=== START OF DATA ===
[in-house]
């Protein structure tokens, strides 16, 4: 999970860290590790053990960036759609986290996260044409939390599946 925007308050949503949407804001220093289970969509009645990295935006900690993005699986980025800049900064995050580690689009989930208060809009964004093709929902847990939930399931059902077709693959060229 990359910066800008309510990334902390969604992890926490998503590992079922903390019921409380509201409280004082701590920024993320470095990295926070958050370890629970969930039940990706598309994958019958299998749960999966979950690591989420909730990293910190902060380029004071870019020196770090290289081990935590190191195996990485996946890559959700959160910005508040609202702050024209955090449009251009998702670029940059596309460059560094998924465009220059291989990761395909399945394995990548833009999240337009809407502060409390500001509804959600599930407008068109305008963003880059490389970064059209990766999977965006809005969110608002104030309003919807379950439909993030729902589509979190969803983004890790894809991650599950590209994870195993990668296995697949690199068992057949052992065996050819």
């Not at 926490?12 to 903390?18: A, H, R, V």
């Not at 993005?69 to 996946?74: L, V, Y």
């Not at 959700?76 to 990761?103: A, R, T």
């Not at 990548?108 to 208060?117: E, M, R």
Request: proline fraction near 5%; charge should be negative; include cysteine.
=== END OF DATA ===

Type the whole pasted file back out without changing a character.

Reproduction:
[in-house]
């Protein structure tokens, strides 16, 4: 999970860290590790053990960036759609986290996260044409939390599946 925007308050949503949407804001220093289970969509009645990295935006900690993005699986980025800049900064995050580690689009989930208060809009964004093709929902847990939930399931059902077709693959060229 990359910066800008309510990334902390969604992890926490998503590992079922903390019921409380509201409280004082701590920024993320470095990295926070958050370890629970969930039940990706598309994958019958299998749960999966979950690591989420909730990293910190902060380029004071870019020196770090290289081990935590190191195996990485996946890559959700959160910005508040609202702050024209955090449009251009998702670029940059596309460059560094998924465009220059291989990761395909399945394995990548833009999240337009809407502060409390500001509804959600599930407008068109305008963003880059490389970064059209990766999977965006809005969110608002104030309003919807379950439909993030729902589509979190969803983004890790894809991650599950590209994870195993990668296995697949690199068992057949052992065996050819």
């Not at 926490?12 to 903390?18: A, H, R, V």
């Not at 993005?69 to 996946?74: L, V, Y």
């Not at 959700?76 to 990761?103: A, R, T």
């Not at 990548?108 to 208060?117: E, M, R």
Request: proline fraction near 5%; charge should be negative; include cysteine.